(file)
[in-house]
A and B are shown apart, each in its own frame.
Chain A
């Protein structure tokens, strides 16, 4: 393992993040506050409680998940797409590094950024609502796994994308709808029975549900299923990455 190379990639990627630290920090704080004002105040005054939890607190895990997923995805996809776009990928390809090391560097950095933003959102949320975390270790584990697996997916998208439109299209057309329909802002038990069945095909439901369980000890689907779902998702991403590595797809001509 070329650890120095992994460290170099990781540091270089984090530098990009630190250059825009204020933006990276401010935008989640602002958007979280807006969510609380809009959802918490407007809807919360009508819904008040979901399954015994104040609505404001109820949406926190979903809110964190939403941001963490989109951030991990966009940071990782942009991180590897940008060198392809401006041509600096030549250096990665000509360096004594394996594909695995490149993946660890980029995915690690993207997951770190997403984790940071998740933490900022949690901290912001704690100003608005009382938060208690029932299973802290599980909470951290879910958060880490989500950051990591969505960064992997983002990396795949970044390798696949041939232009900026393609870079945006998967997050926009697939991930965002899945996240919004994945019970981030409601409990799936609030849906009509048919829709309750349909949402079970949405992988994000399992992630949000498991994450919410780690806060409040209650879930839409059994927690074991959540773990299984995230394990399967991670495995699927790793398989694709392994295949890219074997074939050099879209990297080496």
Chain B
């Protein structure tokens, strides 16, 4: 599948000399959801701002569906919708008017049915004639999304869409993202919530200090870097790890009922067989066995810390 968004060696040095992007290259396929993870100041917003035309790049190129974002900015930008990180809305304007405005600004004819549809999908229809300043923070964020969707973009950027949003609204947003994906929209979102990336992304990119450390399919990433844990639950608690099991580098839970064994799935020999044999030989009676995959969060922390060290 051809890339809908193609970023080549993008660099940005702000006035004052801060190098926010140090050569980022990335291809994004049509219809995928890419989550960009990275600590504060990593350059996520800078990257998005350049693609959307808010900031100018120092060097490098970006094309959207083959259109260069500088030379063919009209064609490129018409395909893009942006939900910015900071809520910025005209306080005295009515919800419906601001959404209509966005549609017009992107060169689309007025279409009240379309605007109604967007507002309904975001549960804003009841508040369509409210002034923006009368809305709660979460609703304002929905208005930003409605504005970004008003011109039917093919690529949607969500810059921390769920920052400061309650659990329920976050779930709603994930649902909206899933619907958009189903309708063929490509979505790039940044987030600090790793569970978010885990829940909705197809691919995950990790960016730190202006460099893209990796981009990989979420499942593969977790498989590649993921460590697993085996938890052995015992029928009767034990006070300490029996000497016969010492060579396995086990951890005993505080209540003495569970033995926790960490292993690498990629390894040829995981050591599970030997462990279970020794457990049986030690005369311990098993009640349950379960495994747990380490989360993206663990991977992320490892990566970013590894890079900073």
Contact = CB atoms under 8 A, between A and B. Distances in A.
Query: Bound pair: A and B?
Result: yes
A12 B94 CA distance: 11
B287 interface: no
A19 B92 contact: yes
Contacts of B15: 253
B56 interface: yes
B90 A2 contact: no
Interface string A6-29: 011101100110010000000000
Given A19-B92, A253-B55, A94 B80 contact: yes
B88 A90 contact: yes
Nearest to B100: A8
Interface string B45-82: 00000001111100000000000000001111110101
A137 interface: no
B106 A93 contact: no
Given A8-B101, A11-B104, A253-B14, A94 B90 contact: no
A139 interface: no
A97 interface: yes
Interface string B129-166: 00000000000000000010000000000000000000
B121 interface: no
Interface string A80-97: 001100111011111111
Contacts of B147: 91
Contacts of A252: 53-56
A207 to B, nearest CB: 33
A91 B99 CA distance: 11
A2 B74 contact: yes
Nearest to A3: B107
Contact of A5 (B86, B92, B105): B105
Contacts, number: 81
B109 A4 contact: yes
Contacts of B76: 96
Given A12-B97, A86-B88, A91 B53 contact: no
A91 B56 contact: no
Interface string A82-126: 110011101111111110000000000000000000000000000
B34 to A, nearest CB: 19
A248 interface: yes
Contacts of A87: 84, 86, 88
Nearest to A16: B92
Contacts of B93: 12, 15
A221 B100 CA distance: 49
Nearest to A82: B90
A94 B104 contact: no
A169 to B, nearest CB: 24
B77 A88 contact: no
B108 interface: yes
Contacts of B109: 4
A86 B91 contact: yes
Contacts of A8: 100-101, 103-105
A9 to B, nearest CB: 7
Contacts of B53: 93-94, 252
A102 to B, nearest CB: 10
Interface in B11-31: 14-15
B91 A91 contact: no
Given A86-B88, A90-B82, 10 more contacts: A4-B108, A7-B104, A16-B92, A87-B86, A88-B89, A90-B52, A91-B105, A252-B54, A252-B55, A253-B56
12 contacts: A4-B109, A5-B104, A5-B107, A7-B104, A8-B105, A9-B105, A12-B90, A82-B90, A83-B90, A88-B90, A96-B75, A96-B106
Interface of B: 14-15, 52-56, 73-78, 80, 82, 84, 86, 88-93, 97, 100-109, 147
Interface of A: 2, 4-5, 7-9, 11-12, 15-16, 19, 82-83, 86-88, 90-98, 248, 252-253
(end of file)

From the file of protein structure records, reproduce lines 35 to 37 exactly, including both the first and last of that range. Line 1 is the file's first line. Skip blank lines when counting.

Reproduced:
Contact of A5 (B86, B92, B105): B105
Contacts, number: 81
B109 A4 contact: yes